I’d like to thank Issa Rice for helping with the mechanics of the deal, suggesting pages for Alex to create, and providing other guidance and support to both Alex and me as we experimented with the process.
I renewed my content creation grant for 2016 with AKC, with some changes to the rules surrounding payments. I would pay AKC:
- $1 for every 2000 pageviews of pages he had created before 2015, or $0.50 per 1000 pageviews.
- $1 for every 800 pageviews of pages he created in 2015, or $1.25 per 1000 pageviews.
- $1 for every 500 pageviews of pages he created in 2016, or $2 per 1000 pageviews.
My goal was that, while AKC could still make money of pageviews of pages he created of his own accord, the focus of his work should shift more in the direction of creating pages I wanted him to create, with a fixed pay from me (i.e., something like the previous bounty system). Therefore, after consulting with Issa Rice, I redesigned the bounty system. With the new system, I would maintain a list of articles he could work on, and he needed to do them in a way that on any given Sunday, he had done at least as many articles by then as the number of weeks in 2016 so far (minus an offset). The details are on the page. This system would give AKC more flexibility with respect to articles to create and allow him to plan ahead, while also allowing me to get more work done and make sure I was getting a steady stream of output. I reserved the right to edit the list and change prices for things he has not yet done or started work on, though I would rarely remove items or reduce their prices on a whim (but I might remove an item if the article gets created, or the importance of the topic declines). The changes seem to have benefited both AKC and me.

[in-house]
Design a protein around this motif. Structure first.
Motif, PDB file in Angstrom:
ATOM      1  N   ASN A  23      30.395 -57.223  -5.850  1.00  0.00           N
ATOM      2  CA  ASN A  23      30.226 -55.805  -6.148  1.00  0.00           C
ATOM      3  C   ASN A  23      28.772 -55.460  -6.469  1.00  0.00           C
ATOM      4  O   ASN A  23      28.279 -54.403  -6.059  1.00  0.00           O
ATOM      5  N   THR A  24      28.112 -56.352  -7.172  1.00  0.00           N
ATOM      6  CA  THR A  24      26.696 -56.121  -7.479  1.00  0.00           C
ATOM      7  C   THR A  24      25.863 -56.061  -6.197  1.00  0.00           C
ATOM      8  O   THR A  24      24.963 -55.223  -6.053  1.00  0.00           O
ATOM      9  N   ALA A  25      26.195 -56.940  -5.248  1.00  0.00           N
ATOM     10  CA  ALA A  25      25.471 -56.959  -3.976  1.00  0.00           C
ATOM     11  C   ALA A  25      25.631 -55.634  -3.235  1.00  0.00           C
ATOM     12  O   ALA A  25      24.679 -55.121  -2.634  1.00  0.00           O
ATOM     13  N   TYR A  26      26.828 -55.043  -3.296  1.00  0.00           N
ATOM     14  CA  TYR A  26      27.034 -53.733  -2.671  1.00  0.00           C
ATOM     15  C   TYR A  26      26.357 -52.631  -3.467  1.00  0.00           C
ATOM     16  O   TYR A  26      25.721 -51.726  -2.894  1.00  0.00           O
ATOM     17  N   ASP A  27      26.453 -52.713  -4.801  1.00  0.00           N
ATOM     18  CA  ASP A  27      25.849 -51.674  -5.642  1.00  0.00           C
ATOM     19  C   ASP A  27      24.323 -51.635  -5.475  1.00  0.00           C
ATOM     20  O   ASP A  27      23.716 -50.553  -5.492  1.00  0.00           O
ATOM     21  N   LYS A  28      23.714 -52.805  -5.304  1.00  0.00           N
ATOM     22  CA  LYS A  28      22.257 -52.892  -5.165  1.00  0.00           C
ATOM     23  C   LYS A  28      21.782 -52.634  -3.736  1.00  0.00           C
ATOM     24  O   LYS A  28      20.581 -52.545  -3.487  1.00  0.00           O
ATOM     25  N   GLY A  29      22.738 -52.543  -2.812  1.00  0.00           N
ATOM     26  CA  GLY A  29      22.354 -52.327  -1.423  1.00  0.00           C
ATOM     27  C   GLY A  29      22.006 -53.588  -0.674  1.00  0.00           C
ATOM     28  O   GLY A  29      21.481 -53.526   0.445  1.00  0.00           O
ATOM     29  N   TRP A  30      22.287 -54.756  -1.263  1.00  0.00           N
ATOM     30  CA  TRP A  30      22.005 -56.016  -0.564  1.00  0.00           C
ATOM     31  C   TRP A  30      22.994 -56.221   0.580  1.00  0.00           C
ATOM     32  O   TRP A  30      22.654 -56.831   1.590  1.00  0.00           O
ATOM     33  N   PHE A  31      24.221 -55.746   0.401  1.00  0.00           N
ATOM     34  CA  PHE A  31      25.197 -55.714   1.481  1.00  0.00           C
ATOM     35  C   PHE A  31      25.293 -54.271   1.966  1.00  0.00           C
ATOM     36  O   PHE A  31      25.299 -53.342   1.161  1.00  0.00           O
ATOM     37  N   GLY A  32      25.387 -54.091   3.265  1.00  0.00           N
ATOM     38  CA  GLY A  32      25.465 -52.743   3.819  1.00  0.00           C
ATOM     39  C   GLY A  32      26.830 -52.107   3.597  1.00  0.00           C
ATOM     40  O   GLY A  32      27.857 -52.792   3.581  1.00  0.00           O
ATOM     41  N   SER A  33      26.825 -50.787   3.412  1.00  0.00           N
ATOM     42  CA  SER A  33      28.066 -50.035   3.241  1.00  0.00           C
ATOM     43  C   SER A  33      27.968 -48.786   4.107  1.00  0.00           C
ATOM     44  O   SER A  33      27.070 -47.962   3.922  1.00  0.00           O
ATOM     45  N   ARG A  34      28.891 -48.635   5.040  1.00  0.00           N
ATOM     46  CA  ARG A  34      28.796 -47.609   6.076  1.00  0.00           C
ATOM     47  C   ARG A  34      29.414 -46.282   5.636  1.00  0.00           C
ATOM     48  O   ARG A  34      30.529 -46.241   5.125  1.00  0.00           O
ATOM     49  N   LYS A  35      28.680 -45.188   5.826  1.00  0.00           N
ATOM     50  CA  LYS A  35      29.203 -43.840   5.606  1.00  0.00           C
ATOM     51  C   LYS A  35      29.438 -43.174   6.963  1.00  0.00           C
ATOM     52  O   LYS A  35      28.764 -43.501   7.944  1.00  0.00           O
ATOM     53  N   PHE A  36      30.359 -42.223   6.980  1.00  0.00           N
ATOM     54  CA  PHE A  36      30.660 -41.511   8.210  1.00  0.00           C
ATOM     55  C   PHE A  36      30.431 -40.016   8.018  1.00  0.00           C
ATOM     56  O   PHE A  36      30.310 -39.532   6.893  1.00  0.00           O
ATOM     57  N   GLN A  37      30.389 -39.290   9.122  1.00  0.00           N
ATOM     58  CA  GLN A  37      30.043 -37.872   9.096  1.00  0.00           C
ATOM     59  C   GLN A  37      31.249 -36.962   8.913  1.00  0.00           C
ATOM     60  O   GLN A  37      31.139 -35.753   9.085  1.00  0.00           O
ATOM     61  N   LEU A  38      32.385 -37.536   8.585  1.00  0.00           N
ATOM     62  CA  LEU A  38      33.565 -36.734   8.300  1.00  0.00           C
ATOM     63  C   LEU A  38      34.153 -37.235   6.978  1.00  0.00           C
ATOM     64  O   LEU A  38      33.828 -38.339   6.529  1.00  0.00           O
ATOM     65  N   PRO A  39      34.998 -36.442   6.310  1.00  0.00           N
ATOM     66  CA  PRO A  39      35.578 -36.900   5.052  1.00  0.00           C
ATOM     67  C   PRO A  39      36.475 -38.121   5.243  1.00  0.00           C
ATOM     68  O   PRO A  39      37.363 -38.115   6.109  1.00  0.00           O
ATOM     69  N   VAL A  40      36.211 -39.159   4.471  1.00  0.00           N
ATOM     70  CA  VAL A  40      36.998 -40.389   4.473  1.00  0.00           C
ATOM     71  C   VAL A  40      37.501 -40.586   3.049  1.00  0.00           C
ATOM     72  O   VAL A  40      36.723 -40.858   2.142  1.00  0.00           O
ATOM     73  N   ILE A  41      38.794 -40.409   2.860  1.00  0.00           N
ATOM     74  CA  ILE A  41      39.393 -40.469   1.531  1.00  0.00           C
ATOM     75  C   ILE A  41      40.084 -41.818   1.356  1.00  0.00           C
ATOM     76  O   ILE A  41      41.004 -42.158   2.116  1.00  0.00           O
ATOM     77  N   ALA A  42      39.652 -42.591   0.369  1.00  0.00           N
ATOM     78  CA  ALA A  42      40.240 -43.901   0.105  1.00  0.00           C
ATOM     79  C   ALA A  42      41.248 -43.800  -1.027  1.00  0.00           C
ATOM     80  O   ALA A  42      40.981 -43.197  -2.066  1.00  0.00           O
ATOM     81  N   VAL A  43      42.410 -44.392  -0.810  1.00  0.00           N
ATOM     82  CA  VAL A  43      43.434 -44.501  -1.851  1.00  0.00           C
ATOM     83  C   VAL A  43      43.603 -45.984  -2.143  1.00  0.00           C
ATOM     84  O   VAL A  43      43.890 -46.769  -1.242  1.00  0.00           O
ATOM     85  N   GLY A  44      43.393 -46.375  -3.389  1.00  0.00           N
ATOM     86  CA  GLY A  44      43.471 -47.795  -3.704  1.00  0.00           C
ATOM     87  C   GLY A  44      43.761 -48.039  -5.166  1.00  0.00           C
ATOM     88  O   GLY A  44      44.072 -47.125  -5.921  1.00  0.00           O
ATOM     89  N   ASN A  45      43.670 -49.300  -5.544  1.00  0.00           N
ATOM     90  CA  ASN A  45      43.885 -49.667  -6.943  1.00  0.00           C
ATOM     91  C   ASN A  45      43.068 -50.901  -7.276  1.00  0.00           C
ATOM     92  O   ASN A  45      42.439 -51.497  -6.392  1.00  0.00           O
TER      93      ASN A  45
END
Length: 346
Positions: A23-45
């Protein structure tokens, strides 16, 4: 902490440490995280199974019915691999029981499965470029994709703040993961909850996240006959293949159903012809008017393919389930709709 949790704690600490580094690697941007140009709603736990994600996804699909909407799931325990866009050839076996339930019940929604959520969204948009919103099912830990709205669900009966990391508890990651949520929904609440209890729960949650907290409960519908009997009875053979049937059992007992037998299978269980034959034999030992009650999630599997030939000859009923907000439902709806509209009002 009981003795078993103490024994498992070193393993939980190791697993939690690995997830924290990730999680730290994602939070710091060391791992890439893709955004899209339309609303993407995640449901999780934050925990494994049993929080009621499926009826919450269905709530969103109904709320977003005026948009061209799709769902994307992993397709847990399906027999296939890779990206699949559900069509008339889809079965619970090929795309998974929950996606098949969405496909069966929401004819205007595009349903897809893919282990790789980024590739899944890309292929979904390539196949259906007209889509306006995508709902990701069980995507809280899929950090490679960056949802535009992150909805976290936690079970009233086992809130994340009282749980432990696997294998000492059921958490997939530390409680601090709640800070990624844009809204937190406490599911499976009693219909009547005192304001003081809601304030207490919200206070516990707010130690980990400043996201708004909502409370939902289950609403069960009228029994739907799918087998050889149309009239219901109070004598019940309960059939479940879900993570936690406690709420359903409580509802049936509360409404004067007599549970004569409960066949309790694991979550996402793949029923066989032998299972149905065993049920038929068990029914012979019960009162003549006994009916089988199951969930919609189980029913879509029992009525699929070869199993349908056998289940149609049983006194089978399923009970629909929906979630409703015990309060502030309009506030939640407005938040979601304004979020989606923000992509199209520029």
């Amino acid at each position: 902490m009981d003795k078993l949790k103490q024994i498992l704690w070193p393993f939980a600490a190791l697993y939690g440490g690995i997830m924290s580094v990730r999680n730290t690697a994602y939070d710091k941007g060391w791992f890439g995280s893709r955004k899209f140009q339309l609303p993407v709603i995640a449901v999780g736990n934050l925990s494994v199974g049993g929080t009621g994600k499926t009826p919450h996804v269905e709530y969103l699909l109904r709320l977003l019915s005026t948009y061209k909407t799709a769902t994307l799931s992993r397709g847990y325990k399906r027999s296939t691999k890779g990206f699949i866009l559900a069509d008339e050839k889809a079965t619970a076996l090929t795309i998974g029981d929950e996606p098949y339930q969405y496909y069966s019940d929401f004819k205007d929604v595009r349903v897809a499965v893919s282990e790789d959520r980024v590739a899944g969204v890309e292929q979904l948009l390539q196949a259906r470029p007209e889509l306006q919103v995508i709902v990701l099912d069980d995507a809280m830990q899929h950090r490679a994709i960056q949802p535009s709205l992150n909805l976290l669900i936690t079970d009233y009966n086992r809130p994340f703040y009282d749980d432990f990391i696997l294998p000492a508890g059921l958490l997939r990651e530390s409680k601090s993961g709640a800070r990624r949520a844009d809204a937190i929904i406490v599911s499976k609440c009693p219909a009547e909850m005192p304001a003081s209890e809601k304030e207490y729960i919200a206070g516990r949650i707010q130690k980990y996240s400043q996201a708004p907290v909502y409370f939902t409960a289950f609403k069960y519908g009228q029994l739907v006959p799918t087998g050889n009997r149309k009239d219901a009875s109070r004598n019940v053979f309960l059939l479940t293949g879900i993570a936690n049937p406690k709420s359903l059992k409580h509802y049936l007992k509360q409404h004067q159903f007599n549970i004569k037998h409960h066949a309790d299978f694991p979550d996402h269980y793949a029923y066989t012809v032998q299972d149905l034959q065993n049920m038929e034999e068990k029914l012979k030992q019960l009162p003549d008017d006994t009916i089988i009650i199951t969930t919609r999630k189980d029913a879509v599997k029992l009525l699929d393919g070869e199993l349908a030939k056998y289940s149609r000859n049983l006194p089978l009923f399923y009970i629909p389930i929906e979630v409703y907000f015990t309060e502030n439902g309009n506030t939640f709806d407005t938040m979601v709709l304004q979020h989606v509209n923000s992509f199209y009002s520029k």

In addition, I experimented with per-article payments to Issa (list here) and Ethan, a friend of Issa (list here).
On April 17, 2016, I posted to the EA Forum at Looking for Wikipedia article writers (topics include many of interest to effective altruists) (GW, IR) to scale up the Wikipedia page creation operation. Through this, a friend of mine, Sebastian Sanchez, learned of my interest in the area and started doing Wikipedia editing work. You can see his list here. In the summer, Ethan used my Facebook post to recruit a bunch of high school students, including recently graduated ones, to work on Wikipedia articles; however, they did not continue beyond the summer.
On December 16, 2016, I made another post to the EA Forum at Looking for global health-related Wikipedia contributors (GW, IR) but did not succeed in recruiting new writers based on it.
In March 2017, the sponsored Wikipedia editing experiment came to an abrupt end after it created controversy in the Wikipedia community. For more, see the Conflict of Interest/Noticeboard and the Administrators’ Noticeboard/Incidents discussions. While much of the existing sponsored content continues to live on Wikipedia, I am no longer sponsoring the creation of content on Wikipedia. Some of the sponsored editing activity has moved to the Timelines wiki managed by Issa Rice (with some funding from me).